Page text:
Security and Emergency Preparedness

Public Water System Security Overview

Security and Emergency Notification

Pandemic Influenza Planning

Water/Wastewater Emergency Response Network "Utilities Helping Utilities"

National Incident Management System/Incident Command System

Emergency Response Planning Resources


Public Water System Security Overview

All public water systems in Maine should prepare and implement or update existing emergency and security plans to include foreseeable and unforeseeable disturbances relating to production and supply of safe drinking water.

Emergency situations include, but are not limited to the following situations:

  • A failure or significant interruption in the production of drinking water
  • A natural disaster that disrupts the water supply
  • A chemical spill or biological substance introduced into the water source, that increases the potential for contamination
  • The failure of cross connections
  • Intentional physical intrusions of the water system
  • Any other activity that disturbs the production and supply of safe drinking water

All public water systems serving more than 3,300 persons are required by the Public Health Security and Bioterrorism Response Act of 2002 to complete Vulnerability Assessments and develop or revise Emergency Response Plans. All public water systems included in this requirement must make the Emergency Response Plans available for inspection by Drinking Water Program staff upon request.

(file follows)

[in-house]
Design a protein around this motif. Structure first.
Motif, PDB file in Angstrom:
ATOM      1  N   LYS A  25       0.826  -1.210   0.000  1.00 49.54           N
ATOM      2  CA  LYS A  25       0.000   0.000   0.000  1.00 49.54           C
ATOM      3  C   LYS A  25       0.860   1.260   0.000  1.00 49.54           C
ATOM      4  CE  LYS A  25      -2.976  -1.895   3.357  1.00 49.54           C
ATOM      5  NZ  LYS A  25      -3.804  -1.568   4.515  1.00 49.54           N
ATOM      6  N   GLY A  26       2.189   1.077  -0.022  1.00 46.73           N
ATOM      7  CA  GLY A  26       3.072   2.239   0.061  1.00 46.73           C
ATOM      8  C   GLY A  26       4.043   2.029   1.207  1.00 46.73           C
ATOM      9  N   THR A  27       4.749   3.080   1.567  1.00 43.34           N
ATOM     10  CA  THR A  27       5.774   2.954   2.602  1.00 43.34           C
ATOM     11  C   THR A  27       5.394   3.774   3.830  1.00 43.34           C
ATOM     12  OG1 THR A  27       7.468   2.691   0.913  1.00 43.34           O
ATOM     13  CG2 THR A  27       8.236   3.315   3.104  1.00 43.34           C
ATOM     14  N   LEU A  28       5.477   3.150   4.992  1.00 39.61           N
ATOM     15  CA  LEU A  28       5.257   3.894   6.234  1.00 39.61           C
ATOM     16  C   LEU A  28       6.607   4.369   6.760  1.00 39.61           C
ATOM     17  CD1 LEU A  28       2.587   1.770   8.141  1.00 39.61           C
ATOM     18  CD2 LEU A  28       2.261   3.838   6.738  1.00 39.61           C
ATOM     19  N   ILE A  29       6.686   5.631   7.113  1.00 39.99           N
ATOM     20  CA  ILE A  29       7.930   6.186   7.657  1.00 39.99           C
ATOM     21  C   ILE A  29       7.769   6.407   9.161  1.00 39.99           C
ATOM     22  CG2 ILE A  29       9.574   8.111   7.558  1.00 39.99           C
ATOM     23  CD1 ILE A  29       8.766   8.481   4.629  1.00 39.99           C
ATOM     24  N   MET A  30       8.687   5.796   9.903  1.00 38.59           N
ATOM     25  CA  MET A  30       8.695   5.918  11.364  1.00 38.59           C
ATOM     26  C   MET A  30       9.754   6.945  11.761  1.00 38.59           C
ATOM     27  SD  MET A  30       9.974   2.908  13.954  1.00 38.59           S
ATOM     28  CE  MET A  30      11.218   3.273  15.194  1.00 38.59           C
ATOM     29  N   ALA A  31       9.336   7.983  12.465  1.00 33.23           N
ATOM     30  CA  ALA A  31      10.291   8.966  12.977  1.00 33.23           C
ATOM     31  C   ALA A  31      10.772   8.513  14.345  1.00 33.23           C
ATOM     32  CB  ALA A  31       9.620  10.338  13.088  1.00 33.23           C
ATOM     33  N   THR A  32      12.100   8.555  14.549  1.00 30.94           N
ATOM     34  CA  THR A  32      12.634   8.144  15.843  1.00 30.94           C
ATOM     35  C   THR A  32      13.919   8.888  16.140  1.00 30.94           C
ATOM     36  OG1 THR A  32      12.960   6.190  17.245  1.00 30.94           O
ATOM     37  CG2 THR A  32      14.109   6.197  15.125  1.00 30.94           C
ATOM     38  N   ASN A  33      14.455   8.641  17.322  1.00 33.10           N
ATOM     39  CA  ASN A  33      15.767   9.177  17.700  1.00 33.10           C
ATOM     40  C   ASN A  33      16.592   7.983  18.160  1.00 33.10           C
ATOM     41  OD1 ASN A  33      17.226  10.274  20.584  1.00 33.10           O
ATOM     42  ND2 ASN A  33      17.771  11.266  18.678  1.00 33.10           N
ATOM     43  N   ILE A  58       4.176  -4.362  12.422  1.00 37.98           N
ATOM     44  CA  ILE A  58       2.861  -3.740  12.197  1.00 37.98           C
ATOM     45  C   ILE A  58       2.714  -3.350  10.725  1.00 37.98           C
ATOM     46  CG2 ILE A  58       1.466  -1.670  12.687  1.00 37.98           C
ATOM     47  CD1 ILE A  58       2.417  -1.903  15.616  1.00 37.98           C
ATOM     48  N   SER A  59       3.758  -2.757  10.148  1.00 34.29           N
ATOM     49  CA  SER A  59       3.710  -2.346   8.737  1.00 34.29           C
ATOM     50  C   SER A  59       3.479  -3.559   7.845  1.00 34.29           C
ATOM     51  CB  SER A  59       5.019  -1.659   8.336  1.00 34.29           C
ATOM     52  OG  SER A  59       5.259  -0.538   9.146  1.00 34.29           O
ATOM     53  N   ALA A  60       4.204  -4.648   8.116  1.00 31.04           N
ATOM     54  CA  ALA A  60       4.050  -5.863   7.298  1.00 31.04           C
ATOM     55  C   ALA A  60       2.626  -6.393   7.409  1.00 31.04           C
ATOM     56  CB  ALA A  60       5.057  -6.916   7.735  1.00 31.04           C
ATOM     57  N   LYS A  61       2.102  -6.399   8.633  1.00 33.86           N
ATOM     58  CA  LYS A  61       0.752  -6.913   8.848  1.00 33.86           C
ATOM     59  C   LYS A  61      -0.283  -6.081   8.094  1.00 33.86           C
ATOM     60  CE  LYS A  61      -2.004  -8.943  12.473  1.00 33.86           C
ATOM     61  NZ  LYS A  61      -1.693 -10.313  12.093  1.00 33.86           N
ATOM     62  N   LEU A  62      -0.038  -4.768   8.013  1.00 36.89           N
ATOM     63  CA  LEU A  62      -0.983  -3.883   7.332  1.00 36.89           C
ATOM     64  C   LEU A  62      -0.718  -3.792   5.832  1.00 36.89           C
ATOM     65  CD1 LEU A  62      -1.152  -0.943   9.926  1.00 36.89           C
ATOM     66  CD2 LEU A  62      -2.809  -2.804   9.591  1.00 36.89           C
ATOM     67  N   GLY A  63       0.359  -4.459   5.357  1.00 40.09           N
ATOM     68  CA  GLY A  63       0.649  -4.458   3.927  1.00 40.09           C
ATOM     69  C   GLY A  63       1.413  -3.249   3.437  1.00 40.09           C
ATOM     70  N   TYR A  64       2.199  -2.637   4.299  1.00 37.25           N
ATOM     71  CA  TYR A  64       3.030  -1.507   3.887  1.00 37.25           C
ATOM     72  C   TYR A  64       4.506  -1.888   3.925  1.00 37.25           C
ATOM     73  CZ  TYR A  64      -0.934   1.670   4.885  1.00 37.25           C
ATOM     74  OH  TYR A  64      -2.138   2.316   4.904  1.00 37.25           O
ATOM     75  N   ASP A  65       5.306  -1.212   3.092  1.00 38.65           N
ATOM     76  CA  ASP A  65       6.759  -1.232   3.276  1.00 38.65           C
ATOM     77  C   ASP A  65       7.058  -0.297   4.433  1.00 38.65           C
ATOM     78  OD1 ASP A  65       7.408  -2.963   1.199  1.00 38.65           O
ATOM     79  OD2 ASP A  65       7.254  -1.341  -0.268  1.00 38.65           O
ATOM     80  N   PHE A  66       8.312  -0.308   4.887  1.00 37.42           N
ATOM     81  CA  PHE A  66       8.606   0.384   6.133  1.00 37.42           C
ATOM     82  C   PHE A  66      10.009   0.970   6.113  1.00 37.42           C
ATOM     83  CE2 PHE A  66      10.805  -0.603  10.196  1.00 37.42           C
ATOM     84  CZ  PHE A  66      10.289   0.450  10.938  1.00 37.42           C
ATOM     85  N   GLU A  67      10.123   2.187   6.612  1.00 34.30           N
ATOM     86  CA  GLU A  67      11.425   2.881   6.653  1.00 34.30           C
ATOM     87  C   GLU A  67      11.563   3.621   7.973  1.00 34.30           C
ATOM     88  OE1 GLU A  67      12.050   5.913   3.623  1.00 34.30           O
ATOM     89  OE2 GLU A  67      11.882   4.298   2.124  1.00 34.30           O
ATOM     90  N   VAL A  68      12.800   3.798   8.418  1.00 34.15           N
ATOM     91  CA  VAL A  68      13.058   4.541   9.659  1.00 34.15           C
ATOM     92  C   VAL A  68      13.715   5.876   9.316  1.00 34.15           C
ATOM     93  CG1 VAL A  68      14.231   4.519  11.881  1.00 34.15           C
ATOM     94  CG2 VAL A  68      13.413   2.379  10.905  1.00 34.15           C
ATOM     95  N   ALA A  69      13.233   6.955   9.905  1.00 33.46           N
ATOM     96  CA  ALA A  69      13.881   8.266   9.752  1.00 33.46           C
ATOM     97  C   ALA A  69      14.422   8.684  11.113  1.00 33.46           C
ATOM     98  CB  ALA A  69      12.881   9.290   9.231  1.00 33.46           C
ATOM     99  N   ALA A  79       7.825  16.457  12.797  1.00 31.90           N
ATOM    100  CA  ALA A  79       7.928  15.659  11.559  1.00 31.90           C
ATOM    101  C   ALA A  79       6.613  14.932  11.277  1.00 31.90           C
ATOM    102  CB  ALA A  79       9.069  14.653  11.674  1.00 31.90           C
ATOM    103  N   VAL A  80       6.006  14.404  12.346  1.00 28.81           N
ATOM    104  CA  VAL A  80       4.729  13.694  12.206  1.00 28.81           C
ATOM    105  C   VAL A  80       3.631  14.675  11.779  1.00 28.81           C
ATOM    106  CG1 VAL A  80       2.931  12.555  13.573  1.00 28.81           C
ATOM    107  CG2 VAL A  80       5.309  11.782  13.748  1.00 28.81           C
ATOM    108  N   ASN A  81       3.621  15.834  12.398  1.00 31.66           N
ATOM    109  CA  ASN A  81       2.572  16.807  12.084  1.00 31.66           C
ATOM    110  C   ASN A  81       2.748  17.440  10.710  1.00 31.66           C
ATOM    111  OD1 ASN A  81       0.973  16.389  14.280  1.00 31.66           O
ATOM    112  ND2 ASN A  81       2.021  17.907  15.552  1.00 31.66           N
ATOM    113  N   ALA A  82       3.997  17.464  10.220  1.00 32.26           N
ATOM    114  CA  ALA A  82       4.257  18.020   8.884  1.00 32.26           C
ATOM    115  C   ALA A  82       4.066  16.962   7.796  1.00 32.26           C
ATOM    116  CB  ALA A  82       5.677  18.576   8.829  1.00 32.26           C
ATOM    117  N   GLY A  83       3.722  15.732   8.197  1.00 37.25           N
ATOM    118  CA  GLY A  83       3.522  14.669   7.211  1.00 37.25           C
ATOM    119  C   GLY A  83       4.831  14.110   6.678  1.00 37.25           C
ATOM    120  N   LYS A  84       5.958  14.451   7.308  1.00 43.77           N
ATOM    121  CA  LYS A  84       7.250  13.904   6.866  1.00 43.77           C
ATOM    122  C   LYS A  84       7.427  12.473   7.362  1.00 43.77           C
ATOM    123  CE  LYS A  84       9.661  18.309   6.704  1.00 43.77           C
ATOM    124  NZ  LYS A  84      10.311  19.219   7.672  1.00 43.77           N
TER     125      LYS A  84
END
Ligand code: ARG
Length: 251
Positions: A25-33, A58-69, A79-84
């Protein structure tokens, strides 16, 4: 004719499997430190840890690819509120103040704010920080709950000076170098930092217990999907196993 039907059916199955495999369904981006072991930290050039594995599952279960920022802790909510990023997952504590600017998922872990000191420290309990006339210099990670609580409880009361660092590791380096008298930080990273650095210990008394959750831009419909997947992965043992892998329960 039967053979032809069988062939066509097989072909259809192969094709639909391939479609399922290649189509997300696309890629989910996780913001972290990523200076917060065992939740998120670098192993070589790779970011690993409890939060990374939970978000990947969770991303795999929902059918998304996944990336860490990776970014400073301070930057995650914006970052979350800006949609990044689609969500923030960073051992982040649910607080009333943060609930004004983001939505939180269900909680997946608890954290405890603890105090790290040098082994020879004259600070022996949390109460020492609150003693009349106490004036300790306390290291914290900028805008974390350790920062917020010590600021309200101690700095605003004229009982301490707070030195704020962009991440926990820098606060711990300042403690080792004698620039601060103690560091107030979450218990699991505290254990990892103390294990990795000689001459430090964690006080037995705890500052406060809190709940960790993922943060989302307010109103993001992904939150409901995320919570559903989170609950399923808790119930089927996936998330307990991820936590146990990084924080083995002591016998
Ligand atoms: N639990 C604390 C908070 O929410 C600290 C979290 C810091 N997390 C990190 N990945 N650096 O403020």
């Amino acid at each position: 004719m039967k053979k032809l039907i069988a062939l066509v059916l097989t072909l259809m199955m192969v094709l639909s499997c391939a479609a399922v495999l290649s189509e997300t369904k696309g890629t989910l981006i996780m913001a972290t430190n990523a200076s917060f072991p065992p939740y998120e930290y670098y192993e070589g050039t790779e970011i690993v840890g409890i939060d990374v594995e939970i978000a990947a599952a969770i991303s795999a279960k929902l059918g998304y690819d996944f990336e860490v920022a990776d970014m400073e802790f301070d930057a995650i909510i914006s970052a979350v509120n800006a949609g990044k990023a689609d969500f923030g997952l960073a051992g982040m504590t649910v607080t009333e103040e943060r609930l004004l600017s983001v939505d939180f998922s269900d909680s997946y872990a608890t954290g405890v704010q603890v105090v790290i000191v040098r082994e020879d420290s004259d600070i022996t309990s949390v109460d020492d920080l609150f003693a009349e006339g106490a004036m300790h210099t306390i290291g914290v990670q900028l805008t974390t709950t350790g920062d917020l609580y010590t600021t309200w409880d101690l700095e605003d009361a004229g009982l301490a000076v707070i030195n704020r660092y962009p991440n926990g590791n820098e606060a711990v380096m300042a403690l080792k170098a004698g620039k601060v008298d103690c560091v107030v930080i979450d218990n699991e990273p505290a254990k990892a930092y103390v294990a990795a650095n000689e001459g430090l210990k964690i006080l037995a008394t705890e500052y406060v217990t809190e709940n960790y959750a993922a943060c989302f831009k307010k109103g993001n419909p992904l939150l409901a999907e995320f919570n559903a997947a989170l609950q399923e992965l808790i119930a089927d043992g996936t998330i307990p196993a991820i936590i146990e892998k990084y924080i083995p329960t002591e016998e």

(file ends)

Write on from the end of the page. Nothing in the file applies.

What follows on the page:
Emergency Response Plans must include, but not by way of limitation, the following information to be utilized in the event of a terrorist or other intentional act perpetrated against the public water system:

  • Actions, plans, procedures and equipment to be utilized to lessen the impact of the intentional act
  • Emergency contact information
  • Any other information deemed necessary to deal with the emergency

For more Security and Emergency Preparedness Information:

DWP Security and Emergency Preparedness contact: Sara Flanagan (207) 287-5678 or

Public Water System Emergency Response Plan Handbook

Security and Emergency Notification

Security Breaches and Emergency Notification Requirements (State of Maine Rules Relating to Drinking Water):

  • All public water systems reporting security breaches, tampering events or other emergencies affecting water system components to law enforcement must report the incidents to the Department
  • All Public Utilities Commission (PUC)-regulated water systems reporting security-related incidents to law enforcement agencies must report such incidents to both the Department and the PUC
  • All public water systems experiencing emergency events involving biological or chemical contamination of water system components must report said events to the Department

Pandemic Influenza Planning